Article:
Last month spelt the end of a major six-year-project for Czech businessman Pavel Policar, the head of a company that helped build what is now the world’s tallest building, the Arab Emirates’ Burj Khalifa (until recently the Burj Dubai). At an incredible 828 metres, it is the world’s tallest free-standing manmade structure. And it was the family-owned company, Pega, based in Pardubice - founded by Pavel Policar’s father-in-law - that designed and built the world record-breaking construction elevators that helped make the tower a reality.
Many historical monuments in the Czech are under threat and action needs to be taken to save them. So says the state-funded National Monuments Institute, which has just launched a campaign to draw attention to the subject. But what kind of sites are actually in danger? That’s a question I put to the Institute’s Věra Kučová.
One of the most important documents concerning the future of Prague is the rather unimaginatively named “Development Plan”. Since 1999, the plan has been the key public document laying out the broad rules for what can be built where in the city and its suburbs. For investors, developers, property owners and Prague’s 57 local authorities, the plan outlines development and environmental priorities: in terms of land-use, new building and the transport infrastructure. Since the plan was first drawn up in the early days after the fall of communism,
East Tilbury on the Thames estuary in Essex is a piece of the old Czechoslovakia planted in England. It was here in 1933 that the Zlín-based shoe empire Bata opened its first English plant. As well as the factory, the company also constructed its own small town for workers following the Czechoslovak model. The plant lasted until 2006, but in many respects it is still carries on. The Bata estate and factory have been designated a conservation area. A reminiscence and resource centre was opened in 2002 to serve as a sort of museum and focal point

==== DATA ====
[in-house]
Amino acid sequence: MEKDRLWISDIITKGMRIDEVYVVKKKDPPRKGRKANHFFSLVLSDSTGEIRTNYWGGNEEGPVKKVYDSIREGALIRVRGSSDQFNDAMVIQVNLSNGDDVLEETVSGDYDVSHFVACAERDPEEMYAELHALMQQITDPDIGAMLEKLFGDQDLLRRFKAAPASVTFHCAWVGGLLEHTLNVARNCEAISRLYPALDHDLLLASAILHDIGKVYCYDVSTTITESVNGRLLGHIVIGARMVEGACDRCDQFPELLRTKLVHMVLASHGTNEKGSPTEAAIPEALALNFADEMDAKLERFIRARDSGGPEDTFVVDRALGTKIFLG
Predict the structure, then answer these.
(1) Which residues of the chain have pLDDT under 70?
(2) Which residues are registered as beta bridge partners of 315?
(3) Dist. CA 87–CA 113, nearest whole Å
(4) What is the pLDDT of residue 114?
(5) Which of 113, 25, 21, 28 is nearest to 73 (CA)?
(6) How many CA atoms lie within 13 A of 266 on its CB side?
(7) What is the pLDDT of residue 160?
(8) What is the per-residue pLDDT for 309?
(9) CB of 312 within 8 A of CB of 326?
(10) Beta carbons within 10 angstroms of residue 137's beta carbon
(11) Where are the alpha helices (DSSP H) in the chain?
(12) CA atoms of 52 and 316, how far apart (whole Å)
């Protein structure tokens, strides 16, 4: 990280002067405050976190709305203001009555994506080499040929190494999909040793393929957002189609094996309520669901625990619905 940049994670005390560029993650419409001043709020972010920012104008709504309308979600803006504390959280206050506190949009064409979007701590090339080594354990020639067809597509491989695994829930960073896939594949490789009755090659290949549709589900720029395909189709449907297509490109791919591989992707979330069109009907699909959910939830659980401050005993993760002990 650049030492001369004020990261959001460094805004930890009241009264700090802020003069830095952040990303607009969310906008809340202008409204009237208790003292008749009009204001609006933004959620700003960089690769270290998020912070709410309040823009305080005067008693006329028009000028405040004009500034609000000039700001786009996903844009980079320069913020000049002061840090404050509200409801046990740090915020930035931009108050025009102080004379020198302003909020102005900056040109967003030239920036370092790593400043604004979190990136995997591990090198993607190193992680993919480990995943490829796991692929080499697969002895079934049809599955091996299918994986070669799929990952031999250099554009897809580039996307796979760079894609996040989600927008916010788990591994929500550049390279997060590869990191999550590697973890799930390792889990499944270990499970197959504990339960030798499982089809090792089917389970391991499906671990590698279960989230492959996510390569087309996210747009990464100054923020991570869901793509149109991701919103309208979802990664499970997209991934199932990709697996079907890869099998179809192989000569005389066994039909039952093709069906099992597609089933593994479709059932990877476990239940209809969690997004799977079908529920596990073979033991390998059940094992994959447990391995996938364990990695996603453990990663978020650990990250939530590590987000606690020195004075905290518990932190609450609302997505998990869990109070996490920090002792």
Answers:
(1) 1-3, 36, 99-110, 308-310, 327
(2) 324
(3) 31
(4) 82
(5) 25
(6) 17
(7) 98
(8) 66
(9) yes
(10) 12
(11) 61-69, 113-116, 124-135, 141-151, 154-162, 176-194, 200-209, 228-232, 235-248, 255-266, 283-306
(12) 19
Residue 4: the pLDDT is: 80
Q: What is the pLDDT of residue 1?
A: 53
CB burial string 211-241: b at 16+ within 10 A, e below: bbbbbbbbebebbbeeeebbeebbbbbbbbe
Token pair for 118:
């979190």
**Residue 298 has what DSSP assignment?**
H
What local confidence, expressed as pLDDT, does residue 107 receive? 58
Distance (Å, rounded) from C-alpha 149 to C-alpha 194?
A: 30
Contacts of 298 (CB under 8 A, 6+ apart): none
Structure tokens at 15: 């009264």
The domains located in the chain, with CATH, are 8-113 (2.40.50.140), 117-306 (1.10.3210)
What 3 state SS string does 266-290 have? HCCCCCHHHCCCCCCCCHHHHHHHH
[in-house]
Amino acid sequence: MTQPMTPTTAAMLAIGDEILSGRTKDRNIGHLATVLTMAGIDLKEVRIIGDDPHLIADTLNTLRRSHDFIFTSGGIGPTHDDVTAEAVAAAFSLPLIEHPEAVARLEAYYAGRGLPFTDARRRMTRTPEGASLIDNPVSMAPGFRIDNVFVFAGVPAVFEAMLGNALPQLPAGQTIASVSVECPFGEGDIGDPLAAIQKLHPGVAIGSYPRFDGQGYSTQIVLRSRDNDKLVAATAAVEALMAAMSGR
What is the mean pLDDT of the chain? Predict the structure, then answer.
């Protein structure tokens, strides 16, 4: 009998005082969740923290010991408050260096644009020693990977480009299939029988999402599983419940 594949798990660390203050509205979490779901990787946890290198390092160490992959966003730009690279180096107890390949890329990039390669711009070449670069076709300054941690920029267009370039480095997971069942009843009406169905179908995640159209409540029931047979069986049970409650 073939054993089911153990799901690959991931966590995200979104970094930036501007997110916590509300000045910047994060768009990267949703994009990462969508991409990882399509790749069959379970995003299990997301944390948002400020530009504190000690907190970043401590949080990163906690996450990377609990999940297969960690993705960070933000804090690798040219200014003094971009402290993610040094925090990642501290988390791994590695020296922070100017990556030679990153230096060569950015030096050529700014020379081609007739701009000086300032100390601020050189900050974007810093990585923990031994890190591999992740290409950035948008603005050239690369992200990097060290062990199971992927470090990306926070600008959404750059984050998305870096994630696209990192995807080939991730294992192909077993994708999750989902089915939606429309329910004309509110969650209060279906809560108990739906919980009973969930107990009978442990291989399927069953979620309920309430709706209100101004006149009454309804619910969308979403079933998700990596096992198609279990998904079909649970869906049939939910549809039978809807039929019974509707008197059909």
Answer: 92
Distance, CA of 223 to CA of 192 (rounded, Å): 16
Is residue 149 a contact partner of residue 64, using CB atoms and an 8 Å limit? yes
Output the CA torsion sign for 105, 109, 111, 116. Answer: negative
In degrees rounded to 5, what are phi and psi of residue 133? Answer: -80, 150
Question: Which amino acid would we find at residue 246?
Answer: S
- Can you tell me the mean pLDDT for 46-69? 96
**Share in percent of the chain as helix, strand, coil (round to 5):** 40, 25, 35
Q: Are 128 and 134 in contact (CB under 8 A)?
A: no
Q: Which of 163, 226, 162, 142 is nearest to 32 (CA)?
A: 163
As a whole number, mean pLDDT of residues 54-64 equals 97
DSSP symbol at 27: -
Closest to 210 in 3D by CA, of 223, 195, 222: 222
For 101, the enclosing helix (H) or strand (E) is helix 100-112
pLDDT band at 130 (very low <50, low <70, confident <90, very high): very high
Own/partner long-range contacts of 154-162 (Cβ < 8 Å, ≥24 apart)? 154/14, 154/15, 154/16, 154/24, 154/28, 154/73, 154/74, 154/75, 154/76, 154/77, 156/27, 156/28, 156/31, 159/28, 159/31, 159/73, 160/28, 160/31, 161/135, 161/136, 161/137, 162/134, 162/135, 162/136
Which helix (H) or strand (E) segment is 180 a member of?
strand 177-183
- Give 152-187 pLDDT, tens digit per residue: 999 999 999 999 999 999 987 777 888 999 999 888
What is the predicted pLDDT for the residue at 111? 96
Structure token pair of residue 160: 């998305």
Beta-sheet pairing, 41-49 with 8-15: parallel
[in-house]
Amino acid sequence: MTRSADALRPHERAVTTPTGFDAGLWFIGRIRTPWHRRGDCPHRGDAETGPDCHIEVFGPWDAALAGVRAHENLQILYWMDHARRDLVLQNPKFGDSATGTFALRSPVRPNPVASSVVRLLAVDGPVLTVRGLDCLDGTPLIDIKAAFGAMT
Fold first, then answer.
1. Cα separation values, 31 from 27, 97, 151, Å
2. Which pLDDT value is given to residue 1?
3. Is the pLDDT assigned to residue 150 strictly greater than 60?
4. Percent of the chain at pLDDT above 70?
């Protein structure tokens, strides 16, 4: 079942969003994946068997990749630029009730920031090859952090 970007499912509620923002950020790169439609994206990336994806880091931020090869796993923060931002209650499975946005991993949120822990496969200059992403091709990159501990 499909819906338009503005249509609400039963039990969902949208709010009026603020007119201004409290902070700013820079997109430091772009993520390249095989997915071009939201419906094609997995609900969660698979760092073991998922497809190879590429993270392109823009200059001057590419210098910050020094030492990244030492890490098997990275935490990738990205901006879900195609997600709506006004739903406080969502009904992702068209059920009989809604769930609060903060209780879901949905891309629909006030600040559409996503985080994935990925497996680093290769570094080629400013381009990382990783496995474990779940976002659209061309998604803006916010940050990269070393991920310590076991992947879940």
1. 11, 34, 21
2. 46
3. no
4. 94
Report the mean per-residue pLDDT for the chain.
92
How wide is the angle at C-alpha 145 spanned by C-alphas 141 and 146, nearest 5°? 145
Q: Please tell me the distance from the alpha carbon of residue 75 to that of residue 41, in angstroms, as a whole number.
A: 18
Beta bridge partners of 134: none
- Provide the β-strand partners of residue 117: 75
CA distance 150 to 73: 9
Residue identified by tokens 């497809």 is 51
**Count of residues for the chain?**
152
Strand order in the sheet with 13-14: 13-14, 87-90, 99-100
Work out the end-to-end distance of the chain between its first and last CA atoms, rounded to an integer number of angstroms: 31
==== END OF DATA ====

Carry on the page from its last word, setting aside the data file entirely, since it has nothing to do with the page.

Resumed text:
The completion of the world’s tallest building, the Burj Dubai, made scores of international headlines this week. Among those who took part in the huge project in the United Arab Emirates was a Czech firm called Pega Hoist, whose high-speed construction elevators were used throughout the building stage. One, even remains permanently, some 600 metres off the ground.
If you have ever seen the Czech National Theatre then surely you have noticed the modernistic glass cube lodged between it and an 18th century convent. That is the Nová Scéna, the seat of the well known Laterna Magika, or Magic Lantern, experimental theatre. Long one of Prague’s top attractions, Laterna Magika’s popularity has diminished over the years, and as of 2010 the building and the its programme management will be transferred to the National Theatre, which is quite literally giving it a new lease on life.
Prague’s famous 15th century astronomical clock, known as Orloj in Czech, is one of the oldest and most elaborate clocks ever built and one of the city’s best known attractions. Few tourists leave Prague without seeing it. However the crowd that assembled to hear it chime last Sunday was in for a shock. Due to a technical error the procession of apostles that appears in the windows above the clock failed to make its usual exit – instead it was spinning like a crazy merry-go-round.
The Czech architect Jan Letzel is remembered today above all for his design of what later became the Hiroshima A-Bomb Dome, a memorial to victims of the 1945 bombing. Having spent much of his short career in Japan, Letzel authored only a few works in Bohemia and Moravia. But recently, a tombstone designed by the famous architect was recently discovered in a cemetery in the south Moravian city of Brno.
New foreigners’ law to change conditions for non-EU nationals
Czech foreign ministry reports record number of visa applications
Restaurant tells visitors to “clear their plates” or pay a 50 crown fine for wasting food
New index shows locations with best quality of life in Czech Republic
Archaeologists unearth rare Renaissance-Baroque brew house in ‘Czech Paradise’